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  • about leadership particularly that it s a responsibility that requires commitment and hard work What really builds character is the ability to emulate successful leaders They ll see the kind of strengths of character that these leaders have said Ken Hardy Professor Emeritus and creator of Learning From Leaders I wanted to expose the students to excellent examples of leadership so they ll get a framework for how to prepare themselves for leadership I want them to pursue leadership Since the inception of the course in the fall of 2008 leaders from a wide range of fields and with varying levels of experience have visited the class Examples include James Irving President and CEO of the New Brunswick business dynasty J D Irving Limited Shelly Jamieson Secretary of the Cabinet and Head of the Ontario Public Service who was recently inducted into the Canada s Most Powerful Women Top 100 Hall of Fame William T Brock Retired Deputy Chairman TD Bank Financial Group and his wife Ann and Donald K Johnson a Canadian philanthropist and senior adviser to BMO Capital Markets The course borrows elements from Inside The Actors Studio the former long running Bravo television series that offered in depth interviews and often startling revelations about some of the biggest celebrities Professor Hardy aims to capture that insider component by asking the guest leaders to discuss their biggest trials and errors What I appreciate most is these leaders tell everything they ll tell about the hardships and the heartaches as well as all the successes It s all done in this confidential trust environment he said Part of the giving in this climate is they can tell about their mistakes The students need to know that everybody makes mistakes If you have the freedom to make mistakes you can

    Original URL path: http://www.ivey.uwo.ca/research/leadership/research/featured-faculty/ken-hardy.htm (2013-06-03)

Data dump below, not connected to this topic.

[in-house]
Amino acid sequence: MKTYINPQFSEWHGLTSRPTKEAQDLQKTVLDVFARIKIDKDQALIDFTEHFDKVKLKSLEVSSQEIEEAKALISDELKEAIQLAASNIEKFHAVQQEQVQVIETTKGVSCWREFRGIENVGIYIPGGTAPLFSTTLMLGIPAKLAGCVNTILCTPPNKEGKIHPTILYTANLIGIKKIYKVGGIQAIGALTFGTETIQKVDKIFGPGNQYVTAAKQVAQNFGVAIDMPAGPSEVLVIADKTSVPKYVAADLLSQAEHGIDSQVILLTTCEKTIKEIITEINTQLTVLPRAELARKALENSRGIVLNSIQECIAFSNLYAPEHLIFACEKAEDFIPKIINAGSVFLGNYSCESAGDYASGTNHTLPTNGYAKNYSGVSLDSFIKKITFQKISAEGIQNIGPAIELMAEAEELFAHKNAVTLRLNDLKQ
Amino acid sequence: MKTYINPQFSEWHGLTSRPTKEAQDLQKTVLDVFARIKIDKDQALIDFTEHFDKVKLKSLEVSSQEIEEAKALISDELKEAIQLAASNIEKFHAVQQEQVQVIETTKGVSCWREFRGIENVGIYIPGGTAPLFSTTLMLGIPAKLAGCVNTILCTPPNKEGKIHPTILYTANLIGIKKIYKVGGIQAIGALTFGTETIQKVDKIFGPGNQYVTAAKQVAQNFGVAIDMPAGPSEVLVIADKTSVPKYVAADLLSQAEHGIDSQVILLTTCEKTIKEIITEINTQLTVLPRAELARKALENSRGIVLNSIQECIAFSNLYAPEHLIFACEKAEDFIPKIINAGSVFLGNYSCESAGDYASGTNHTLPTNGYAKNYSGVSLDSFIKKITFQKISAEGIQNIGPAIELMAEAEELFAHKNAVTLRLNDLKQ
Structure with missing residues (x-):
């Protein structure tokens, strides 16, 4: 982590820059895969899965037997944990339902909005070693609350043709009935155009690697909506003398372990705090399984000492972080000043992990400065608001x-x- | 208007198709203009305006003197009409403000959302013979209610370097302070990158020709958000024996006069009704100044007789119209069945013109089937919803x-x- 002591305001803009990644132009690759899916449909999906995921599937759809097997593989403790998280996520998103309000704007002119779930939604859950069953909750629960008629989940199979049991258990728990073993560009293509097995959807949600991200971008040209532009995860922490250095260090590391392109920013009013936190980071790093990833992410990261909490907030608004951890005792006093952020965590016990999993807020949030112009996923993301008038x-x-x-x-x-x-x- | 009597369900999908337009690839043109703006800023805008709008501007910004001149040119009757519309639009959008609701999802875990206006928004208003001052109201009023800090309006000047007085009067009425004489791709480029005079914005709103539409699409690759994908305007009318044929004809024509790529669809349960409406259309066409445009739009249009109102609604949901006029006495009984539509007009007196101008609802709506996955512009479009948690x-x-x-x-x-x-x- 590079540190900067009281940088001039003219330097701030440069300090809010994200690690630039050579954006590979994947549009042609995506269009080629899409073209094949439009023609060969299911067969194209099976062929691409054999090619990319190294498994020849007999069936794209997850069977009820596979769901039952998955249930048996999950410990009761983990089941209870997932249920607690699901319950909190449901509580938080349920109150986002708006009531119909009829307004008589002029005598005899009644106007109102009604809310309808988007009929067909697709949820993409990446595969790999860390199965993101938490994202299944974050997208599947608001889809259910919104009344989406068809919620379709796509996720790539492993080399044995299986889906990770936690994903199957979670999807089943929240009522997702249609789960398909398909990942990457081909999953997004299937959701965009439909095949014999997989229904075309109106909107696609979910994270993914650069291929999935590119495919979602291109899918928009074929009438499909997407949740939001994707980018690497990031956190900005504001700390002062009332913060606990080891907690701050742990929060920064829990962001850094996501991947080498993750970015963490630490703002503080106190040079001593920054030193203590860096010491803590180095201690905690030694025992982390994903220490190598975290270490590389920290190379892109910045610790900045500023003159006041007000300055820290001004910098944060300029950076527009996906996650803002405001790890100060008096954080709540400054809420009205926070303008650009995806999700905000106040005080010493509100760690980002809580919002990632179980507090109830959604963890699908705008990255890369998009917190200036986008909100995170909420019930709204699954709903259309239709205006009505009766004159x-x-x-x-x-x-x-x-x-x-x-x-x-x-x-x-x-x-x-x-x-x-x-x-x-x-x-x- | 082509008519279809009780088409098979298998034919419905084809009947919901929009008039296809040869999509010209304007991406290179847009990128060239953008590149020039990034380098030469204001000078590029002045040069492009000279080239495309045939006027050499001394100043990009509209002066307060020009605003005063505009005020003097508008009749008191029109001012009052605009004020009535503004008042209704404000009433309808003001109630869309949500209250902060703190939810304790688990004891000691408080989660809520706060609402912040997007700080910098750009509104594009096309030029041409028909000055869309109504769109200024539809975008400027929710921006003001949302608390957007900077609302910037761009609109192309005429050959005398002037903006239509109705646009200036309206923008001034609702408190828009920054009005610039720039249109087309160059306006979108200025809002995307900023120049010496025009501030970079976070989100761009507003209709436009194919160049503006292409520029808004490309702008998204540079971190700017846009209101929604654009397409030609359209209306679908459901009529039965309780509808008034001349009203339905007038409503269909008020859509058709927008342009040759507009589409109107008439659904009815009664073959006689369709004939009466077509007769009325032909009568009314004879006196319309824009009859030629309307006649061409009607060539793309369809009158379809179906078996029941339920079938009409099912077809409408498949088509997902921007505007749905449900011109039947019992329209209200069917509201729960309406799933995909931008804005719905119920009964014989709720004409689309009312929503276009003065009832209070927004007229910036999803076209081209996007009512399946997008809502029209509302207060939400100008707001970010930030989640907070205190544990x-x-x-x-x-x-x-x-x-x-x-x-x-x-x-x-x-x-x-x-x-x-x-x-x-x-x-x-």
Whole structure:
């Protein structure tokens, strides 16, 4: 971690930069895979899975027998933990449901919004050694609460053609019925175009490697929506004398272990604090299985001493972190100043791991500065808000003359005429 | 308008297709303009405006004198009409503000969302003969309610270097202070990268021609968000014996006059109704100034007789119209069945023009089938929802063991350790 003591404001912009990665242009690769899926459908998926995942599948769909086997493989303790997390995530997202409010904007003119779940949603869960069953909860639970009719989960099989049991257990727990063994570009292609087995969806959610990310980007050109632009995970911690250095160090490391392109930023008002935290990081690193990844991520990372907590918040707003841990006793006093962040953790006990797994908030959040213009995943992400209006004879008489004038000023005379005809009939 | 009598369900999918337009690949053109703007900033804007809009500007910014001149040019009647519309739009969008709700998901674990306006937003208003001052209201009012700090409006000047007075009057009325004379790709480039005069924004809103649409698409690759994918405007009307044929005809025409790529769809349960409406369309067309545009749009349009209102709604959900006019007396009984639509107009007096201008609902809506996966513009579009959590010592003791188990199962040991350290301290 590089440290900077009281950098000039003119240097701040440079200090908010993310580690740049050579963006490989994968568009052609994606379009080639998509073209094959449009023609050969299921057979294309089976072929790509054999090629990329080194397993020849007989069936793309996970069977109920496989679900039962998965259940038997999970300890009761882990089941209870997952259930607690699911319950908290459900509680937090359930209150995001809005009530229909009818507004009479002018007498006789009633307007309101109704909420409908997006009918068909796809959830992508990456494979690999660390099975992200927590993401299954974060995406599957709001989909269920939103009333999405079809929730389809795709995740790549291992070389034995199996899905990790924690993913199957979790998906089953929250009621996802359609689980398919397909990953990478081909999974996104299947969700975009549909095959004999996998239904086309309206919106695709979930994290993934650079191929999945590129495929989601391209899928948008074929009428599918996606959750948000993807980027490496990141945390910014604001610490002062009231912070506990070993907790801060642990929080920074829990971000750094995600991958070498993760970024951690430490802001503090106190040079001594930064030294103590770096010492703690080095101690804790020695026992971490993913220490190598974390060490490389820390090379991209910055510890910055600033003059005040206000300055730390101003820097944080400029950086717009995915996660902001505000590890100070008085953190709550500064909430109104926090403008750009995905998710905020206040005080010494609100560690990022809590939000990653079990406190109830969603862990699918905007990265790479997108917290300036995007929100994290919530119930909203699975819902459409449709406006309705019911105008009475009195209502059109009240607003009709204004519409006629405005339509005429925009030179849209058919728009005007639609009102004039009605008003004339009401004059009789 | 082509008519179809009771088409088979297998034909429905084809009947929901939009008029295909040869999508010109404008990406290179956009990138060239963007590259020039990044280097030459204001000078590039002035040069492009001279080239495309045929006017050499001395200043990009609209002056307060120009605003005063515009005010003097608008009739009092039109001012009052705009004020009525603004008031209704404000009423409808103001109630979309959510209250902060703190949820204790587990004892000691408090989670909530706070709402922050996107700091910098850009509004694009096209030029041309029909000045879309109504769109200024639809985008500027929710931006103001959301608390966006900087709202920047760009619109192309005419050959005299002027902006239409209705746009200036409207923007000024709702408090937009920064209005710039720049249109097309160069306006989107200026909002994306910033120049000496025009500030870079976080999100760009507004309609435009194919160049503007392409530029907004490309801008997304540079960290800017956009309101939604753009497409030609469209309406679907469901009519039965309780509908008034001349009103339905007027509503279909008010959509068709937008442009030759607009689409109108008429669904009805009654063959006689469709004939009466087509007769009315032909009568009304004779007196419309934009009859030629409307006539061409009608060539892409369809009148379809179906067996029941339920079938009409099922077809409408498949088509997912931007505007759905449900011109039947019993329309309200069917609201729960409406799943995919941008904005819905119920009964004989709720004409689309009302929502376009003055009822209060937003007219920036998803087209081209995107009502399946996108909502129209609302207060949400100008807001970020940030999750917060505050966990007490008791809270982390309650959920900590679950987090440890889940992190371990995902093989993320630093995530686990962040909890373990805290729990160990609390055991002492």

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  • Zbaracki studied the ferry industry before during and after the sinking of the ferry Estonia on the Baltic Sea on September 28 1994 which killed 852 people This was the largest peacetime marine disaster in Europe since the famous Titanic incident After more than 800 000 successful ferry trips on the Baltic Sea the Estonia tragedy served as a wake up call that accidents occur when you least expect them if you don t keep an eye on looming risks There are millions of sailings that are successful with no accidents and no deaths and then suddenly there is this one event where 852 people die at once in one setting They took their eyes off safety so that s a significant problem said Zbaracki There s a strong signal that this is a very profitable industry and some weak signals about safety That s the interesting problem how do you pay attention to really weak signals in light of really strong signals Our research raises important questions about managing risk in the face of multiple goals such as growth profits and safety While risk management tends to be high in organizations that engage in high risk activities such as flying airplanes fighting forest fires climbing mountains launching space shuttles and managing nuclear weapons it s seen to a lesser degree in organizations operating in traditionally low risk settings However recent events such as the listeriosis outbreak affecting Maple Leaf Foods raise important questions about protecting the public interest in even low risk settings such as the food chain or the ferry industry Because they re traditionally low risk settings we tend to think they are safe so we don t worry We get a distorted sense of what might actually happen said Zbaracki In fact according to the research the Estonia tragedy was related to design flaws and operational errors known prior but kept private Sharing that knowledge industry wide might prevent similar incidents The airline industry is a prime example of how being proactive can pay off Any near accidents are carefully scrutinized to determine the cause and that information is distributed industry wide not just to the airline in jeopardy If you go back to the 1930s the airline industry was a really risky industry where planes were crashing on a regular basis Now flying is safer than driving said Zbaracki The airline industry focuses not just on failures but on near failures and a reliable understanding is then distributed throughout the industry According to Zbaracki when managing risks scale and complexity need to be considered For instance a listeria contamination at Maple Leaf Foods has a huge impact because the company distributes products across the country A similar incident at a small local butcher shop may not have such drastic effects The BP oil spill disaster is an example of where the scale was extraordinary This is where the interesting leadership questions come in because the population that is affected is a lot broader and people